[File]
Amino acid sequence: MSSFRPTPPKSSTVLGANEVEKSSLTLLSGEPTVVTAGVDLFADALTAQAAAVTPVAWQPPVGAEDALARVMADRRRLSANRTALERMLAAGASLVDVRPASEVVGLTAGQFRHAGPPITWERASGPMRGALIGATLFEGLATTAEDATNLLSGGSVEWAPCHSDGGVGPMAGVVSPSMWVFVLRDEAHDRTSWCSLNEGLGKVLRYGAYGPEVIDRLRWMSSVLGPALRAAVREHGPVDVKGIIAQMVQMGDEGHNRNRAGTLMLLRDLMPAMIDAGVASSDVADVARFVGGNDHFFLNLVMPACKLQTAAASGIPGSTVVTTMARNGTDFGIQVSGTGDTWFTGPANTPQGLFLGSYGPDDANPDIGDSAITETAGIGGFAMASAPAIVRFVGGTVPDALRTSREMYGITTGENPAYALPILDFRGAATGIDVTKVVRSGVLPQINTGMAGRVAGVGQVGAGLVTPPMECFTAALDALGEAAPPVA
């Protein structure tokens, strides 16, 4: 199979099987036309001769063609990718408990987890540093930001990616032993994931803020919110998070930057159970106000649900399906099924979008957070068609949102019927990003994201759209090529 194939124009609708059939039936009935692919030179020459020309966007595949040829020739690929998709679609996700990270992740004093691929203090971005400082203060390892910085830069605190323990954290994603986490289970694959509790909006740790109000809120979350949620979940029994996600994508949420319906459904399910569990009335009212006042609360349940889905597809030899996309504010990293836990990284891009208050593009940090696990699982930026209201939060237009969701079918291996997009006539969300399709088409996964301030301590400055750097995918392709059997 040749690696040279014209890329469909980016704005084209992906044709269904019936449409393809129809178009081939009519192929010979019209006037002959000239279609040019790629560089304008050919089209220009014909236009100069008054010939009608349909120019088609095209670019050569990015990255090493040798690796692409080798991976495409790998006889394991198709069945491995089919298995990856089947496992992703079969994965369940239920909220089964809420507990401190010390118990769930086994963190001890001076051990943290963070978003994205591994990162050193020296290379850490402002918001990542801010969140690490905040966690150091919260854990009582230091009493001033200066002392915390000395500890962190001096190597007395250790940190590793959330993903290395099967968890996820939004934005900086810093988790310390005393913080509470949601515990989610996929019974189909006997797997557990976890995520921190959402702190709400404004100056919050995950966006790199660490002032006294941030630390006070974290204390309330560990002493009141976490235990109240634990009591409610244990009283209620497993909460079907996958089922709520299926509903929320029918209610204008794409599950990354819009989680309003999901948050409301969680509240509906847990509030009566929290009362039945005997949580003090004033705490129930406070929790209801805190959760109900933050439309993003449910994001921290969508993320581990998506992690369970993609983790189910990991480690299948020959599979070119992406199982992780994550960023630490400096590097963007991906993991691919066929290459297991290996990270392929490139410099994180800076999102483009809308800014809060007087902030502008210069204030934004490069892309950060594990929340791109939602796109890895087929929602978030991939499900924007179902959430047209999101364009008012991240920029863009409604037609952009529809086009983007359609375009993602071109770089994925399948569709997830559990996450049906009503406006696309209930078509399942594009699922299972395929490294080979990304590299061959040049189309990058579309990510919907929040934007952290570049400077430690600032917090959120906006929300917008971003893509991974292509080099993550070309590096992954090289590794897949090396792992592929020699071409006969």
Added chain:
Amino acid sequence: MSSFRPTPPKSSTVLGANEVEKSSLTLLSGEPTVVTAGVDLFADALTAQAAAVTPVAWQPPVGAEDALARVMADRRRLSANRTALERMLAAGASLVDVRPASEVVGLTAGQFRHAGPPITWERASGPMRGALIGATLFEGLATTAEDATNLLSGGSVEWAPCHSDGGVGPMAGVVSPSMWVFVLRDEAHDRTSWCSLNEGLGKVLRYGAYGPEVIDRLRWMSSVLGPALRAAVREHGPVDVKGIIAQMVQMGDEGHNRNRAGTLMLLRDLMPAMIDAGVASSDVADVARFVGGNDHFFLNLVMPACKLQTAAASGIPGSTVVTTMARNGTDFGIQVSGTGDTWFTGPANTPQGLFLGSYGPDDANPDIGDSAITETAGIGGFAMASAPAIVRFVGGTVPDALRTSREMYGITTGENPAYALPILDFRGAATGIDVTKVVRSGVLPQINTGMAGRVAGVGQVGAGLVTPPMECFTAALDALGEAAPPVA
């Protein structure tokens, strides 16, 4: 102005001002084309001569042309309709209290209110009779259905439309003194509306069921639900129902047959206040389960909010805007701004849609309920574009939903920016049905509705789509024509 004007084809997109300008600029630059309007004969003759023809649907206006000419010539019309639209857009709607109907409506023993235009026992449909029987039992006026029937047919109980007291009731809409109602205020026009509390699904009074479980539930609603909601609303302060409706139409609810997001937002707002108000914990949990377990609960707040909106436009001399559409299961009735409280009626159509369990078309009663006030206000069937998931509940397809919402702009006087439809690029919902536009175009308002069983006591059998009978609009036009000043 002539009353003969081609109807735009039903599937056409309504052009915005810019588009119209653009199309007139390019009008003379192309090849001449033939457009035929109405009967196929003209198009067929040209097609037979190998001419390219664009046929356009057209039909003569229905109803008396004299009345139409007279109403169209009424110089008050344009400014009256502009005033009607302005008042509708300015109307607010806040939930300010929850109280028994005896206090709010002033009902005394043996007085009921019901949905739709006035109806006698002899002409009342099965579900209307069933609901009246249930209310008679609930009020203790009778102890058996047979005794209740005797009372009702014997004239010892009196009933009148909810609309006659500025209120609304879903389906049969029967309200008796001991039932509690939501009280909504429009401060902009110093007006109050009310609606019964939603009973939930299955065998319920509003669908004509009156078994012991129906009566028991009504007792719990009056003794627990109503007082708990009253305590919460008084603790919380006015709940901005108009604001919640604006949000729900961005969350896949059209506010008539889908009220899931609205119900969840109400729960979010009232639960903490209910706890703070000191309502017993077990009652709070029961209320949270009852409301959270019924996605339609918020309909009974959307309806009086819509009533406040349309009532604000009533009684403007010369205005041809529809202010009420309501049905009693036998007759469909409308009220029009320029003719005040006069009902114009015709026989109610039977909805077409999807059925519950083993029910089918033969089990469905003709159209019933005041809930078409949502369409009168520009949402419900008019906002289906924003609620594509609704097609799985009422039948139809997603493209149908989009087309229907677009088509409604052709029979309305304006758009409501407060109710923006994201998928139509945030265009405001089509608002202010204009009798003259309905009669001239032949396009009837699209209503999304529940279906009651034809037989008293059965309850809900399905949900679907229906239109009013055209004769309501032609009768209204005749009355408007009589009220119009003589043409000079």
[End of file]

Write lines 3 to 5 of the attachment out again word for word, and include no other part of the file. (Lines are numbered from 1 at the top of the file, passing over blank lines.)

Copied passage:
Added chain:
Amino acid sequence: MSSFRPTPPKSSTVLGANEVEKSSLTLLSGEPTVVTAGVDLFADALTAQAAAVTPVAWQPPVGAEDALARVMADRRRLSANRTALERMLAAGASLVDVRPASEVVGLTAGQFRHAGPPITWERASGPMRGALIGATLFEGLATTAEDATNLLSGGSVEWAPCHSDGGVGPMAGVVSPSMWVFVLRDEAHDRTSWCSLNEGLGKVLRYGAYGPEVIDRLRWMSSVLGPALRAAVREHGPVDVKGIIAQMVQMGDEGHNRNRAGTLMLLRDLMPAMIDAGVASSDVADVARFVGGNDHFFLNLVMPACKLQTAAASGIPGSTVVTTMARNGTDFGIQVSGTGDTWFTGPANTPQGLFLGSYGPDDANPDIGDSAITETAGIGGFAMASAPAIVRFVGGTVPDALRTSREMYGITTGENPAYALPILDFRGAATGIDVTKVVRSGVLPQINTGMAGRVAGVGQVGAGLVTPPMECFTAALDALGEAAPPVA
């Protein structure tokens, strides 16, 4: 102005001002084309001569042309309709209290209110009779259905439309003194509306069921639900129902047959206040389960909010805007701004849609309920574009939903920016049905509705789509024509 004007084809997109300008600029630059309007004969003759023809649907206006000419010539019309639209857009709607109907409506023993235009026992449909029987039992006026029937047919109980007291009731809409109602205020026009509390699904009074479980539930609603909601609303302060409706139409609810997001937002707002108000914990949990377990609960707040909106436009001399559409299961009735409280009626159509369990078309009663006030206000069937998931509940397809919402702009006087439809690029919902536009175009308002069983006591059998009978609009036009000043 002539009353003969081609109807735009039903599937056409309504052009915005810019588009119209653009199309007139390019009008003379192309090849001449033939457009035929109405009967196929003209198009067929040209097609037979190998001419390219664009046929356009057209039909003569229905109803008396004299009345139409007279109403169209009424110089008050344009400014009256502009005033009607302005008042509708300015109307607010806040939930300010929850109280028994005896206090709010002033009902005394043996007085009921019901949905739709006035109806006698002899002409009342099965579900209307069933609901009246249930209310008679609930009020203790009778102890058996047979005794209740005797009372009702014997004239010892009196009933009148909810609309006659500025209120609304879903389906049969029967309200008796001991039932509690939501009280909504429009401060902009110093007006109050009310609606019964939603009973939930299955065998319920509003669908004509009156078994012991129906009566028991009504007792719990009056003794627990109503007082708990009253305590919460008084603790919380006015709940901005108009604001919640604006949000729900961005969350896949059209506010008539889908009220899931609205119900969840109400729960979010009232639960903490209910706890703070000191309502017993077990009652709070029961209320949270009852409301959270019924996605339609918020309909009974959307309806009086819509009533406040349309009532604000009533009684403007010369205005041809529809202010009420309501049905009693036998007759469909409308009220029009320029003719005040006069009902114009015709026989109610039977909805077409999807059925519950083993029910089918033969089990469905003709159209019933005041809930078409949502369409009168520009949402419900008019906002289906924003609620594509609704097609799985009422039948139809997603493209149908989009087309229907677009088509409604052709029979309305304006758009409501407060109710923006994201998928139509945030265009405001089509608002202010204009009798003259309905009669001239032949396009009837699209209503999304529940279906009651034809037989008293059965309850809900399905949900679907229906239109009013055209004769309501032609009768209204005749009355408007009589009220119009003589043409000079």